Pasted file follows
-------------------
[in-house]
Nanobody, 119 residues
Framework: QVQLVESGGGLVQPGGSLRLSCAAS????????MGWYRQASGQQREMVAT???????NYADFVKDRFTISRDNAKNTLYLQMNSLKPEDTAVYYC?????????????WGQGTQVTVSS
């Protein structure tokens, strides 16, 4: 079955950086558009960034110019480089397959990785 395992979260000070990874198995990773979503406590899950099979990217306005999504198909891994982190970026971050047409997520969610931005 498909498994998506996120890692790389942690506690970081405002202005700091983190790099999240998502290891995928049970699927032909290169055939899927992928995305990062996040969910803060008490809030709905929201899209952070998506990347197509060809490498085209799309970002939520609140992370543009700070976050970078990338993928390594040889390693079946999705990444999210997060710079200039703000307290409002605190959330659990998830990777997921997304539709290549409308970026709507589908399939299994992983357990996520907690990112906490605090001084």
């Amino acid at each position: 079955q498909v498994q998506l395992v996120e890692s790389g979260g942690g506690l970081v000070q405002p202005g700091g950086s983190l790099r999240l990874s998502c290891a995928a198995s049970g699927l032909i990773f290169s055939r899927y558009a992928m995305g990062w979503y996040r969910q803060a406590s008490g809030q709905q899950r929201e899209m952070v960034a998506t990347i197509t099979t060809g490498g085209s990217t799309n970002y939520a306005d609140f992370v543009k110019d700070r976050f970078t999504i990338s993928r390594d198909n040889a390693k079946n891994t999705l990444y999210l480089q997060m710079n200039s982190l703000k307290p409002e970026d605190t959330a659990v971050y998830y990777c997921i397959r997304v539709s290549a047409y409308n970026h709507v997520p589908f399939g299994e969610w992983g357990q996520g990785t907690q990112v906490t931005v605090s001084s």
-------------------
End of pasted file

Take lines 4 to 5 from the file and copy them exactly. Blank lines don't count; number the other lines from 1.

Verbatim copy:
């Protein structure tokens, strides 16, 4: 079955950086558009960034110019480089397959990785 395992979260000070990874198995990773979503406590899950099979990217306005999504198909891994982190970026971050047409997520969610931005 498909498994998506996120890692790389942690506690970081405002202005700091983190790099999240998502290891995928049970699927032909290169055939899927992928995305990062996040969910803060008490809030709905929201899209952070998506990347197509060809490498085209799309970002939520609140992370543009700070976050970078990338993928390594040889390693079946999705990444999210997060710079200039703000307290409002605190959330659990998830990777997921997304539709290549409308970026709507589908399939299994992983357990996520907690990112906490605090001084």
């Amino acid at each position: 079955q498909v498994q998506l395992v996120e890692s790389g979260g942690g506690l970081v000070q405002p202005g700091g950086s983190l790099r999240l990874s998502c290891a995928a198995s049970g699927l032909i990773f290169s055939r899927y558009a992928m995305g990062w979503y996040r969910q803060a406590s008490g809030q709905q899950r929201e899209m952070v960034a998506t990347i197509t099979t060809g490498g085209s990217t799309n970002y939520a306005d609140f992370v543009k110019d700070r976050f970078t999504i990338s993928r390594d198909n040889a390693k079946n891994t999705l990444y999210l480089q997060m710079n200039s982190l703000k307290p409002e970026d605190t959330a659990v971050y998830y990777c997921i397959r997304v539709s290549a047409y409308n970026h709507v997520p589908f399939g299994e969610w992983g357990q996520g990785t907690q990112v906490t931005v605090s001084s």